There are multiple considerations for an appropriate time period for event data recording for ADAS-equipped and automated vehicles. As a potential bounding exercise consider a high speed loss of control scenario in which an AV is traveling at 85 mph, slides on an unanticipated low friction patch of roadway, departs the road, and impacts a tree at 20 mph. Assuming a dynamic friction coefficient of 0.2, the sliding distance and time are approximately 1140 ft and 15 seconds:

(Equation 1)

(Equation 2)

Where vi is the initial velocity, vf is the final velocity, a is the acceleration, d is the distance, and t is the time. This exercise suggests arequirement as much as 15 seconds for AV system EDR function. Efforts to specify pre-crash recording timing should also consider the frequency of the crash mode considered, the injury potential, and the implementation costs.

To evaluate vehicle performance after a collision, three categories of data elements must be considered: sensor data, classification data, and decisional data. It is especially important to record critical elements of all three data elements to understand the motion and behavior of the vehicle with respect to the surrounding environment prior to the crash.

Exteroceptive sensors including LiDAR, RADAR, IR, and visual imaging, can generate significant amounts of data, both raw and post-processing. It is appropriate and desirable to record both types of input data and the data that was issued as responsive control commands. The EDRs will also have to register malevolent interference, sensor saturation, and any failure in system health, system readiness, and electrical continuity. Transmissions of V2X data and reception of paired data packets exchanged immediately prior to collision will have to be registered within the EDR system.

EDRs for automated vehicles have a need to register information regarding how the vehicle classified and interpreted the pre-crash environment. Classification data will include highly-processed data elements that describe how the vehicle perceived and recognized the world (including how the vehicle was positioned with respect to the map) and processed data that the vehicle utilized in the control decision process.

Decisional data elements include information regarding vehicle processors and control actuation commands issued in advance of the crash. An automated vehicle has to plan a path and impart appropriate driving inputs to follow that path using a combination of actuators (similar to what human drivers do). Therefore, decisional data elements will include the planned trajectory as well as accelerator, braking, and steering commands effected to generate the desired path. Collecting such actuator data for automated vehicles is necessary to understand if the vehicle’s performance and motion was consistent with its intended path, providing a more complete characterization of the automated vehicle situational awareness in pre-crash conditions, processing output, control commands, and final outcome.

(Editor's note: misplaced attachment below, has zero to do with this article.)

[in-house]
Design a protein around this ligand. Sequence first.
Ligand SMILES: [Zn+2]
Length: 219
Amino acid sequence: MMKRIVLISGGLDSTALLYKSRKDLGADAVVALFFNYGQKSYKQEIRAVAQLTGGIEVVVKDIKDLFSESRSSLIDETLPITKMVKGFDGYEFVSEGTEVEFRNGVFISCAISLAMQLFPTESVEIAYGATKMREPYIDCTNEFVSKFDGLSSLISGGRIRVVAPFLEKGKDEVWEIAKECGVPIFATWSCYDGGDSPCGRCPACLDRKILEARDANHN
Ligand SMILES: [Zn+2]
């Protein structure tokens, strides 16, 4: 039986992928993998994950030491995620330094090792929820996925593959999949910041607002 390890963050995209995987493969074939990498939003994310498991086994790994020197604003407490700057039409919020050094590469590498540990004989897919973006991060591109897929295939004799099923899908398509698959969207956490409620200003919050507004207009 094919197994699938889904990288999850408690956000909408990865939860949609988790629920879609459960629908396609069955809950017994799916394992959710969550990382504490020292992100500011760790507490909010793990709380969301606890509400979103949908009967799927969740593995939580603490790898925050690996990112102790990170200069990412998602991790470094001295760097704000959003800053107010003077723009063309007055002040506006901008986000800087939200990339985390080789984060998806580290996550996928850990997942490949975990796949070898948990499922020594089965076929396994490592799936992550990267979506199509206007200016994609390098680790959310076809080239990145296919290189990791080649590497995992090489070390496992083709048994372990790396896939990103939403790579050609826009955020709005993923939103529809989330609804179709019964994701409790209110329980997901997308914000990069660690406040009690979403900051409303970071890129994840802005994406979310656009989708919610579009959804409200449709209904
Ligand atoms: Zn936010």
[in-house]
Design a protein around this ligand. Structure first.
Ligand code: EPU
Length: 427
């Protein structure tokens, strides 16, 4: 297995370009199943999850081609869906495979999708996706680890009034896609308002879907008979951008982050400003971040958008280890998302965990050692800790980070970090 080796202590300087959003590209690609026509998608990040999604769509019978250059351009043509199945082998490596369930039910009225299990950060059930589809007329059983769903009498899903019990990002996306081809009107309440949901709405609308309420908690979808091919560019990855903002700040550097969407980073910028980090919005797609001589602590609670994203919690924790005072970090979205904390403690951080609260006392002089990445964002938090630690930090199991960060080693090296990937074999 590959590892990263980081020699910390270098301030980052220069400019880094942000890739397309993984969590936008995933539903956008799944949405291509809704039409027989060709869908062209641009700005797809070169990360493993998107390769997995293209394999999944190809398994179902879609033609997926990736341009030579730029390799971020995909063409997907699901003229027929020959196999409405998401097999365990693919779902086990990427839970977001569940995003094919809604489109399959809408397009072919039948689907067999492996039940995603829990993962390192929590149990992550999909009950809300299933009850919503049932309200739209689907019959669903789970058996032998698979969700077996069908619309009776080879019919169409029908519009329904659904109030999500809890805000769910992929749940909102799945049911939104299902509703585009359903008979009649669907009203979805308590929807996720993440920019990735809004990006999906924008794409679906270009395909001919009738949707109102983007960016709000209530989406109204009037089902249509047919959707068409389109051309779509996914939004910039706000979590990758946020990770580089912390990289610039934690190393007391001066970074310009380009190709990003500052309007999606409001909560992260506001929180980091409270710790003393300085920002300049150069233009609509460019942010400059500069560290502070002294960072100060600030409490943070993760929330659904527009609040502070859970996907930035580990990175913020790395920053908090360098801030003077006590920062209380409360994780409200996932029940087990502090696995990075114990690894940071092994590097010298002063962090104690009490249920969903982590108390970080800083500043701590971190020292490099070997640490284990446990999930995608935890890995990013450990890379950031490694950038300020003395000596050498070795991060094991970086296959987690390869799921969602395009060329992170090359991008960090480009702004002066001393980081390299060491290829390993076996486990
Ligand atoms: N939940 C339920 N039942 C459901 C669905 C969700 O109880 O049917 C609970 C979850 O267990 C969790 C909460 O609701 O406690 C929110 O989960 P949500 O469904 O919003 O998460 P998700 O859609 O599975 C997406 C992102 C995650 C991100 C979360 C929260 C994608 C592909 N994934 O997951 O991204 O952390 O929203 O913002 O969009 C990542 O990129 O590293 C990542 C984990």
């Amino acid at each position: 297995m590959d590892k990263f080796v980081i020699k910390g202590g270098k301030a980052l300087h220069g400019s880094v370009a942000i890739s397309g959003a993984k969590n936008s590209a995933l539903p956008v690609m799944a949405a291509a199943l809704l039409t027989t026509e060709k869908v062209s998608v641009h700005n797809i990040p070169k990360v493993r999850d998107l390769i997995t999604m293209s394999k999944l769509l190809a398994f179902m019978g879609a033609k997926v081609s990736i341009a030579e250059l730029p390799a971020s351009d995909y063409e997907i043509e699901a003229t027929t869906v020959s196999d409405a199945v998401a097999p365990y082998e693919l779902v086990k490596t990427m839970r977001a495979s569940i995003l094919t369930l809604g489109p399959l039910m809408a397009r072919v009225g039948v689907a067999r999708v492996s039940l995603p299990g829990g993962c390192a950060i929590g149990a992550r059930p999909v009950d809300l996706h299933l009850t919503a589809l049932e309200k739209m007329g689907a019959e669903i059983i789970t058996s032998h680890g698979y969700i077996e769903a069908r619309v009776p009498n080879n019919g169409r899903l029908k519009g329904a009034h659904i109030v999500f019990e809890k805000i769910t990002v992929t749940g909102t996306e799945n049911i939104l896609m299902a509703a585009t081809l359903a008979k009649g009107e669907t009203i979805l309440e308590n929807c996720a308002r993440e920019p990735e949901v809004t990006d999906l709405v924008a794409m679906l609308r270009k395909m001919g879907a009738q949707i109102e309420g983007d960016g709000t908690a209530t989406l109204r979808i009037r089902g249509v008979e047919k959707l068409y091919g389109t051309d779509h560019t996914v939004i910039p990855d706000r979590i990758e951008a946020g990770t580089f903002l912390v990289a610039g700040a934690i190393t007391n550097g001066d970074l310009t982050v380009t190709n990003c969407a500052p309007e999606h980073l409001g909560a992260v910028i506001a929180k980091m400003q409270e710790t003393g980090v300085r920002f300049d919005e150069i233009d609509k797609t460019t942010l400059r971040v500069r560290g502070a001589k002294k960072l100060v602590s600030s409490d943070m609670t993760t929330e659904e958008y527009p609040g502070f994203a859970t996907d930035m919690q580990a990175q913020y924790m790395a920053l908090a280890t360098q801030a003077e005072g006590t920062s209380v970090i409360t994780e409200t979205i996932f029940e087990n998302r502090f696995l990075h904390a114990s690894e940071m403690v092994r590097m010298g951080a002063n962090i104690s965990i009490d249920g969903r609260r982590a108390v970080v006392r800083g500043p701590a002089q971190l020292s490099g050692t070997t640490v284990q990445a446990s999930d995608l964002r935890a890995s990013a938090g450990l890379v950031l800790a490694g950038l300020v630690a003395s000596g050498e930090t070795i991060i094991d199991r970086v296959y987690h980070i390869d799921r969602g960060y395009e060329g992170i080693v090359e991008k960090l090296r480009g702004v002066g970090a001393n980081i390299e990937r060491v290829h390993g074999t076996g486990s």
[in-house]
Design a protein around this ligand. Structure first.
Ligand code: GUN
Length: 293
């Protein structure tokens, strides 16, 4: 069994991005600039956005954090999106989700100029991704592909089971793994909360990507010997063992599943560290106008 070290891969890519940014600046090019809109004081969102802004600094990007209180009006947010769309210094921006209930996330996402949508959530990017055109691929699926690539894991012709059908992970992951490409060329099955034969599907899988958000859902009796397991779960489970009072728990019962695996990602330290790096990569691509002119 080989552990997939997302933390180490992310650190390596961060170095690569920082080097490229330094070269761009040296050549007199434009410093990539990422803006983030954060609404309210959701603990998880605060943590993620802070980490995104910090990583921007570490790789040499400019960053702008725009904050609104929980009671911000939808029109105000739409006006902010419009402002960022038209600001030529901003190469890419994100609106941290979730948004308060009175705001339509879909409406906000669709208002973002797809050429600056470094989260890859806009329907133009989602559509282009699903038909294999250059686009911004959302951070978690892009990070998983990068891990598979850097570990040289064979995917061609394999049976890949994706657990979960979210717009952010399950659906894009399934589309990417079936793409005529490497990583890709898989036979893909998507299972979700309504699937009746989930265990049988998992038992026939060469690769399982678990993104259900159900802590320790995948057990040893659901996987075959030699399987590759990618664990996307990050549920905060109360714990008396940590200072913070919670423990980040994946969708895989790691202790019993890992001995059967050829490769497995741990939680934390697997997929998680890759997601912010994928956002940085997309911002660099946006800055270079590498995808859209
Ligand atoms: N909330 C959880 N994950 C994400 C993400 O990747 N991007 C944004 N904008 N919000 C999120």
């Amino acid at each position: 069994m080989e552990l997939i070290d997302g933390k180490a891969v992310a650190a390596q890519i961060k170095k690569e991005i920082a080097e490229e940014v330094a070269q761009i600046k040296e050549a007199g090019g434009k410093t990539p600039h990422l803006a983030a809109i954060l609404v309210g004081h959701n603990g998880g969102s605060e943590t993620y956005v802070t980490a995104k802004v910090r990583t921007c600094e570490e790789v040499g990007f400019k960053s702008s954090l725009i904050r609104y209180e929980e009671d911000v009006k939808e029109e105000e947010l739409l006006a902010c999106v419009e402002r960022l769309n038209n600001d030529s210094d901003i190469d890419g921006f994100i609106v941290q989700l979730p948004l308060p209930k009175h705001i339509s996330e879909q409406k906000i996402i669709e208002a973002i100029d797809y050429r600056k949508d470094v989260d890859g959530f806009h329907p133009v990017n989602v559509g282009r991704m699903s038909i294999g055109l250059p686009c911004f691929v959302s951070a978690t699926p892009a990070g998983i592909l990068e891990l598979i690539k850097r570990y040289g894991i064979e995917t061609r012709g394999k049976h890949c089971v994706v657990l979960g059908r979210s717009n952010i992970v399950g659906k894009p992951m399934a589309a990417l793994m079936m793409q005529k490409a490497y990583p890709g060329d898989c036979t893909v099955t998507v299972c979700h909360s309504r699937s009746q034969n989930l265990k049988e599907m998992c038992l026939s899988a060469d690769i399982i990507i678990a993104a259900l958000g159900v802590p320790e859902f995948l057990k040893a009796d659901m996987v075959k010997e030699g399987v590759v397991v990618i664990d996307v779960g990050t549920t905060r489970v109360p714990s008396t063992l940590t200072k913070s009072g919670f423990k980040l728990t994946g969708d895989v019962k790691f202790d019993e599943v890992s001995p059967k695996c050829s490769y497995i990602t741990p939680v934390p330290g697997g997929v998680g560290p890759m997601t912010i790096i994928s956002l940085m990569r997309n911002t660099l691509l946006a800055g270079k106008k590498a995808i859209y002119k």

CONCLUSIONS

Driver assist technologies alert drivers to looming collision threat and (generally) require driver initiated control actions necessary to avoid or mitigate that looming collision threat. Proper awareness and reaction to the alert is dependent upon driver recognition, cognitive processing for reaction, and appropriate control actuation. Responsibility and authority rests with the human driver. Driver recognition is to some degree dependent upon timely delivery of notice to looming collision threats; system failures or malfunctions, edge case performance anomalies; malevolent interference; or sensor overload may delay notice. The prevailing operating conditions that precede a collision (including system readiness, data and data processing), whether an appropriate notice had been issued or not, will need to be registered in an EDR and available to enable safety researchers to attribute causation and engineering of corrective actions where necessary.

Automated vehicles at levels 3, 4 and 5 to some degree or fully assume observational responsibility and control authority from the human driver and exercise those responsibilities and authorities through the AV system. System failures or malfunctions; edge case performance anomalies; malevolent interference; or sensor overload may prevent proper AV system function. In all collision occurrences, the prevailing operating conditions that precede a collision (including system readiness, data and data processing), whether an appropriate control action had been issued or not, will need to be registered in an EDR and available to enable safety researchers to attribute causation and engineering of corrective actions where necessary.

Categories: Volume 8-1